While comfort isn’t an issue, fit can be. The headphones have a very light gripping force that made it difficult for the cushions to create a consistent seal around my ear. If the positioning wasn’t perfect, the bottom half of the pad would leave a small gap for sound to escape. This has a direct impact on the bass and how full the headphones sound. I was able to position them “just so” to create that seal, but it took some trial and error.
Unfortunately, it’s hard to say whether you’ll experience the same thing as fit is going to depend on the shape of your head and how it makes contact with the pads. At least one other reviewer has had the same experience, however. Aftermarket pads may be a necessity for the best sound quality if you experience the same gap and can’t find a comfortable position with a proper seal.
HarmonicDyne G200 - Listening Impressions
Image Credit: Headphones.com
For this review, I conducted most of my listening through the iFi Gryphon, both wired and wirelessly. Most music was streamed through Spotify on Very High quality, but I did listen to lossless audio files stored locally on my PC to experience the highest quality the headphones can deliver. Intermittently, I did connect these headphones using a simple dongle DAC to my smartphone, as well as to my GoXLR, but found that the sound quality improved with the additional power of a dedicated amplifier.
The HarmonicDyne G200 has a lot of potential, but the out-of-box tuning leads to a mediocre first impression. It’s especially glaring given how gorgeous and well-considered the rest of the package is. But upon my first few listens, I couldn’t get over the veil these headphones have on them. Listening to Coheed and Cambria’s, The Running Free, it sounded like someone had thrown a blanket over the guitars and vocals. This is the exact opposite you would expect from a high-end planar magnetic headphone — clarity is the name of the game here, and for some reason, HarmonicDyne turned this headphone in the opposite direction: warmth to the point of muddiness.
At the same time, there were also some things that immediately stood out to me. The headphones have good sub-bass extension. Church by Tom MacDonald and D.R.E.A.M. by Jonny Craig demonstrated excellent reach that was being under-utilized. With the flat bass tuning in the graph showing such solid reach, EQ becomes an effective solution.
The other thing that was immediately clear was that the details and technical performance of the headphone were very good. Transients and texture were excellent in the mid-range and percussion. Nightmare by Polyphia was a showcase of realistic guitar tones and note attacks. The layering of sounds and the amount of detail coming forward were impressive — easily on par with my Ananda.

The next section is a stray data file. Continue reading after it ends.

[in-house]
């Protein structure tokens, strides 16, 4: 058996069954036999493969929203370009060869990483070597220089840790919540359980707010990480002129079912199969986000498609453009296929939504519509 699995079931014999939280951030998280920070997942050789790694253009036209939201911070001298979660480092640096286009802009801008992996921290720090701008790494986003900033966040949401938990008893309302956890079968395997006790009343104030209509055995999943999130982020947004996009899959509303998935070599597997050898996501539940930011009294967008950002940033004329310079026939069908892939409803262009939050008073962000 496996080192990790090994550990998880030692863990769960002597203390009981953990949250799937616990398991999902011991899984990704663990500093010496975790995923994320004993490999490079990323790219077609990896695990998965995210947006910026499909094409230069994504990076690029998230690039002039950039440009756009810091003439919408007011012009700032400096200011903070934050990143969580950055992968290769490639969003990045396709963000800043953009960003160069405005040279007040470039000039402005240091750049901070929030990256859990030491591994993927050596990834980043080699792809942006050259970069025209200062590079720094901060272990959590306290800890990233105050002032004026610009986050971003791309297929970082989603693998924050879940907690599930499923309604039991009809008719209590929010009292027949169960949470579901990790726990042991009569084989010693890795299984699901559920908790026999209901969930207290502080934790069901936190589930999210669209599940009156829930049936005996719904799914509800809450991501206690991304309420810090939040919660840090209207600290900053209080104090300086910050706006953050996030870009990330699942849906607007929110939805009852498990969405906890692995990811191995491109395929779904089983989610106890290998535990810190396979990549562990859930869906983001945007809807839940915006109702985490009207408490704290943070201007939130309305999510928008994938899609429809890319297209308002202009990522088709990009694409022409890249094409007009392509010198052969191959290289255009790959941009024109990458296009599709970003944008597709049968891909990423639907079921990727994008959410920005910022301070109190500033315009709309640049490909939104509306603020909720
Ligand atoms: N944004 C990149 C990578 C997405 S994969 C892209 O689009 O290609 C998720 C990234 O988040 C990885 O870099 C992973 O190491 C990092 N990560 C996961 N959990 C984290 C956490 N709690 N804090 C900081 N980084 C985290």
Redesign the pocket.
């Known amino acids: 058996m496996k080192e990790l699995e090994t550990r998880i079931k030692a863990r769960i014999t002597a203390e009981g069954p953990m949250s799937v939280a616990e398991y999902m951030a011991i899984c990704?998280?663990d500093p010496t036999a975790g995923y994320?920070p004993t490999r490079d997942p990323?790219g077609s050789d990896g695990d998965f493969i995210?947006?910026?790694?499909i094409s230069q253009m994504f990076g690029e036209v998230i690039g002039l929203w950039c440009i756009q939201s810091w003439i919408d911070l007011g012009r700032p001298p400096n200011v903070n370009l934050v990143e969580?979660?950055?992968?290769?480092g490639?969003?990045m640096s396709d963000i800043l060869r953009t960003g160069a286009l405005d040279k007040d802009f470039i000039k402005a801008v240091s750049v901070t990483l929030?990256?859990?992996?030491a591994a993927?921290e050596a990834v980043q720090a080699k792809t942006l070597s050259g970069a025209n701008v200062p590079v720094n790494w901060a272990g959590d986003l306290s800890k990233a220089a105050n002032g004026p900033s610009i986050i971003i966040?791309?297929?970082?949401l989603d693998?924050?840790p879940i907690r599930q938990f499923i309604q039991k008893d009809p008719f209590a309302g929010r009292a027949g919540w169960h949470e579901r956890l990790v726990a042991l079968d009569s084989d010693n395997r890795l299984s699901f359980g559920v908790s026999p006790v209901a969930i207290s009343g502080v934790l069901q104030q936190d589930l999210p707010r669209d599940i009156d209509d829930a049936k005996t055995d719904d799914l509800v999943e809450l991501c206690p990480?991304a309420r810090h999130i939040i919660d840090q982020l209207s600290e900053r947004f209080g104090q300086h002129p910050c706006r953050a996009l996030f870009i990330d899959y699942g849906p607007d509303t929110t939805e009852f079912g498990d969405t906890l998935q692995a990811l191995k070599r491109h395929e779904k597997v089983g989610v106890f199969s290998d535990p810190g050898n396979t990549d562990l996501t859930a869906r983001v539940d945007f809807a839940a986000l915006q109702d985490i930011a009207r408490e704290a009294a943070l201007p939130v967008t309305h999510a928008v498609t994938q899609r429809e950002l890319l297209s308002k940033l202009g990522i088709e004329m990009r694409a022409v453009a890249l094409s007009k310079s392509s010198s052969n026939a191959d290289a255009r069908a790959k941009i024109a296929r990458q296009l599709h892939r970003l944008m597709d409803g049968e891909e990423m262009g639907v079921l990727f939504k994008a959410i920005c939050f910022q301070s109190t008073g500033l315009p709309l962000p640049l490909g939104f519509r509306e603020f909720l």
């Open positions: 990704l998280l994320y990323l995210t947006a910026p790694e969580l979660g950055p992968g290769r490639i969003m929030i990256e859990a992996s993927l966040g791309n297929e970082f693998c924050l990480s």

With all of that in mind, EQ does magic with these headphones. I used Resolve’s EQ settings as a baseline, and that midrange veil immediately disappeared. Vocals stepped forward and guitars were immediately clearer. All of the smaller details you could pull out from the stock tuning became much more apparent. I stepped up the bass with a 5db shelf at 60Hz to add more thump and rumble. The new tuning even slightly enhances the soundstage, which is wide but still more constrained than the Ananda or Gold Planar GL2000.
Final Thoughts and Overall Impressions
This was a challenging review to write. I generally avoid EQ during the review process and believe in assessing headphones on their stock sound. Is it reasonable to expect someone spending $699 to EQ a headphone? That’s a trickier question than you might think because the audiophile community is quite split on EQ. Some people will spend that money and never bat an eyelash at tailoring the sound to their personal taste, while others look at it like a bandaid on a product that shouldn’t be bleeding in the first place.
In the case of the G200, I absolutely think it should have been better tuned out of the box. At $699, it’s competing against the likes of the HIFIMAN Ananda, which, in my opinion, doesn't need those kinds of changes. But the fact is, EQ is easy to apply and pushes these headphones to a very, very good place. Without EQ, they’re a 6, which is “Okay” on our scale, but with EQ, they jump to an 8, “Great.” Given the high-quality build, excellent case and cable, and the excellent sound they can produce, we land at a 7 - Good. But make no mistake, if you put in the time, these headphones are absolutely great.
The product described in this article was provided by the manufacturer for evaluation purposes.